Remarks by Administrator Seema Verma at the ALEC Policy Summit
(As prepared for delivery – November 29, 2018)
It’s an honor to be here at the ALEC Policy Summit with so many state legislators.
The first thing I want to say is thank you. Thank you for your service to your country and to the citizens of your state.
I don’t think I need to remind most of you how hard it can be to get things done in this town.
The federal government just isn’t as nimble and responsive as state governments.
State leaders are closer to the people and the problems they face each day, which gives you the knowledge and the motivation necessary to take action and make the tough policy decisions needed.
That’s why it’s so important for states to retain a strong, lead role in taking on the toughest problems facing this country and that is especially true for health care.
I have spent my entire career working to make sure people have better access to health care … including working on the front lines at a public hospital and working with states to design innovative programs to address the problem of the uninsured. And, before I came to CMS, I worked with states as they wrestled to implement the Affordable Care Act.
Seeing the problems the ACA created and seeing the lack of federal action to address these problems should be proof enough for why it was such a mistake to federalize so much of health care policy under the ACA.
So I come to this job with a belief that Washington doesn’t have all the answers when it comes to our health care needs…that states are the laboratories of innovation and reform…and that care decisions centralized in Washington too often come at the expense of patients.
While the Affordable Care Act expanded coverage, it has not addressed health care spending. After the law was enacted in 2010, research shows there has been no change in the rate of growth.
The reality is that the rate of growth in health care spending has been a crushing financial blow for too many families … especially the millions of Americans who are unsubsidized and have had to face rising premiums, fewer insurance choices and in some cases an inadequate network of medical providers.
And no one can say this is due to the Trump Administration. This chaotic and declining market is what the Administration inherited in 2017.
Let’s examine the facts.
We were told annual premiums would drop $2,500 per family. Yet, average premiums rates for plans in states using Healthcare.gov rose by 105 percent from 2013 to 2017, the final year of the Obama administration.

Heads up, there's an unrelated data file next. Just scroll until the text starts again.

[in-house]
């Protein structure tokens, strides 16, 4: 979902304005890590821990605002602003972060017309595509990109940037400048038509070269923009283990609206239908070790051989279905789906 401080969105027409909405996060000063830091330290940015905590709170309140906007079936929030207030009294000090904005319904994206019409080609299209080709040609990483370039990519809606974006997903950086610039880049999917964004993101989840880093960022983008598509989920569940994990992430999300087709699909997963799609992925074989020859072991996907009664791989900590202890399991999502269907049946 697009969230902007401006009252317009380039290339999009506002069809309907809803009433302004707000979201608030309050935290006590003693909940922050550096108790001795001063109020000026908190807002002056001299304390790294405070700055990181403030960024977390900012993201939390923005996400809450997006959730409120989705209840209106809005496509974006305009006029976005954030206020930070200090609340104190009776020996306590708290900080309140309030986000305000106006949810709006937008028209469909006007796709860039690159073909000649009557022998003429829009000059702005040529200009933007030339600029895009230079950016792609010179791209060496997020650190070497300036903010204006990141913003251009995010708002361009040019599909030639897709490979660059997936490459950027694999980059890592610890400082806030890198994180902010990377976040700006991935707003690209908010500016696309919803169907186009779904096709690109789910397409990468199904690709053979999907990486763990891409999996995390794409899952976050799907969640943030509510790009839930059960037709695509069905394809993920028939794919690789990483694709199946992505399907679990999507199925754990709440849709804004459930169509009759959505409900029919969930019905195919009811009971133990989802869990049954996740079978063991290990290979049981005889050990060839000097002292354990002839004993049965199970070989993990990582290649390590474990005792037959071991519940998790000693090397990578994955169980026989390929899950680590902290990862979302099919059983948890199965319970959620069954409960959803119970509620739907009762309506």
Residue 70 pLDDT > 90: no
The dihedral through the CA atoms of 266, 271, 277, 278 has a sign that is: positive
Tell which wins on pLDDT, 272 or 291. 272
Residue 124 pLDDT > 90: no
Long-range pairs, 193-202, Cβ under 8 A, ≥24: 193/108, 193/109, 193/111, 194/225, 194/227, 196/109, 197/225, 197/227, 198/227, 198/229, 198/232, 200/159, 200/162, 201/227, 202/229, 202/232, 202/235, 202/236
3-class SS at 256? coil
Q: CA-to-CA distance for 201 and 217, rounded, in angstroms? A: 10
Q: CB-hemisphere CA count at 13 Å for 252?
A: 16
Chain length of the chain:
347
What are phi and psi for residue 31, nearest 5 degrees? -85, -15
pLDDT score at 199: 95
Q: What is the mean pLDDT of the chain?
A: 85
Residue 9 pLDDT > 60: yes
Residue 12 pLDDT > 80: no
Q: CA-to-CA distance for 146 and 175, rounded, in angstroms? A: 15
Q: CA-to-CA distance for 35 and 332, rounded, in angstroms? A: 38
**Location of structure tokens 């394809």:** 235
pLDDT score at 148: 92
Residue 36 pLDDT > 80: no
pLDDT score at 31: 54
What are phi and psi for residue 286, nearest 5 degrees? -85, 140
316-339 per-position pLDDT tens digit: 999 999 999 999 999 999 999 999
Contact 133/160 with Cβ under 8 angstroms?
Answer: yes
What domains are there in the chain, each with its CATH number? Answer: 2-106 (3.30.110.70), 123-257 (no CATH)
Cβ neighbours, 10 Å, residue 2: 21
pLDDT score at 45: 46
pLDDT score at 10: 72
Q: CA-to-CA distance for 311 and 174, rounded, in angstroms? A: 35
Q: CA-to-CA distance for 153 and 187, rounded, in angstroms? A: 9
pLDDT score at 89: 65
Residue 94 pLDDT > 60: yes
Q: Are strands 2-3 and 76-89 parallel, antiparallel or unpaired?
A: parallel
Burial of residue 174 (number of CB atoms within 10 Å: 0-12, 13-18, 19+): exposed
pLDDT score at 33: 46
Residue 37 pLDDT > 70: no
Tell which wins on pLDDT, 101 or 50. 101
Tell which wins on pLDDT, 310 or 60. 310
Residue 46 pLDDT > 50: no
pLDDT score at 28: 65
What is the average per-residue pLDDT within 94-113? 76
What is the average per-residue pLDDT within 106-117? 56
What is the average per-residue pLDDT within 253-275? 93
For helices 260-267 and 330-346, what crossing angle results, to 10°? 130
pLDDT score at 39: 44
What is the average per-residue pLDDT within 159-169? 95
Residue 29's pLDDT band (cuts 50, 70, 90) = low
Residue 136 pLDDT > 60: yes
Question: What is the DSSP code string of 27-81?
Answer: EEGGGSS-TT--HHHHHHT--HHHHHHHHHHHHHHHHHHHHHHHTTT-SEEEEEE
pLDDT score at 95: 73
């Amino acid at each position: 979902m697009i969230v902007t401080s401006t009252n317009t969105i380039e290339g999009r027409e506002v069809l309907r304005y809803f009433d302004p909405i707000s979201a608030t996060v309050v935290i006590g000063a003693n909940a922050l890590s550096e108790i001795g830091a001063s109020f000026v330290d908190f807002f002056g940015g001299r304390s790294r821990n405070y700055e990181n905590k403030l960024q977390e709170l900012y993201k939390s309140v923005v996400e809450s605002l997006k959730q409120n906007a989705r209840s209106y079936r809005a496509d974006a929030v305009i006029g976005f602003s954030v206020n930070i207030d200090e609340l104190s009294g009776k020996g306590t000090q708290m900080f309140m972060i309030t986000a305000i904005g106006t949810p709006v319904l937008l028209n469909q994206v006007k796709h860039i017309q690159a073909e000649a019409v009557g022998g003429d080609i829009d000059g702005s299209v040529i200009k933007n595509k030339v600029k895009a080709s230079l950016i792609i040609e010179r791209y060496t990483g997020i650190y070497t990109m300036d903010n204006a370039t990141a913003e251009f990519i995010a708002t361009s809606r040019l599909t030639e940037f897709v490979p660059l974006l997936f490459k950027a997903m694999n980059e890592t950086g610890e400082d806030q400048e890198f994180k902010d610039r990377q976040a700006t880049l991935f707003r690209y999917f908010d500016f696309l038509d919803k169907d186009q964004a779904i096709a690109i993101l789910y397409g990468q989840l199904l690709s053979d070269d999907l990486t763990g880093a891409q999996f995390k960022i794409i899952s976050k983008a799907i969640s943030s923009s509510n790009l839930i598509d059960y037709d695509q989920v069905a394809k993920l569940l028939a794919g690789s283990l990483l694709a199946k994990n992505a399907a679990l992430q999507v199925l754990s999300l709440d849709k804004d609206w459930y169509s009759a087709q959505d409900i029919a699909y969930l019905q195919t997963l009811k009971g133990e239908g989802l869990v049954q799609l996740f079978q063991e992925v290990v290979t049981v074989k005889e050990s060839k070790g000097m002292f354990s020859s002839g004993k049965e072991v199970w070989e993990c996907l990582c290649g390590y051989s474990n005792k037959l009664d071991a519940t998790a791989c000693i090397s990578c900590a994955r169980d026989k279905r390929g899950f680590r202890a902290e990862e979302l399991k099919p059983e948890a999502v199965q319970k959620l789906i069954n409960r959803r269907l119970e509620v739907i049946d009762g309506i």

105 percent … what other product or service in the economy more than doubled in price over those four years? Nothing on my shopping list.
Some states had it even worse, such as Alabama, where premiums increased by a jaw dropping 223 percent over that time.
At today’s prices, it’s no surprise unsubsidized people are now leaving, actually fleeing the market. There was a 20 percent drop in unsubsidized enrollment nationally between 2016 and 2017. That’s 1.3 million people walking away in just one year. Some state markets are faring far worse, with a 40 percent drop in six states…and Arizona losing over 70 percent of its customer base. 2018 enrollment data suggest this downward spiral among the unsubsidized may be accelerating.
It is no hyperbole to say that this unsubsidized portion of the market is now in a death spiral in many states.
One reason prices are so high is due to the decline in choice and competition in the market. Today, in over half the counties in America, consumers have access to one insurance issuer.
With no competition, these monopoly insurers have the market power to hike rates. For anyone who understands how competition delivers better value to consumers, it should come as no surprise that a recent study found that Exchange premiums were 50 percent higher, on average, in rating areas with a monopolist insurer.
The ACA attempted to insure every American, and even tax those who refused to pay for it, but because nothing was done to control costs, the insurance problem has not been solved … for many Americans, it has been made worse.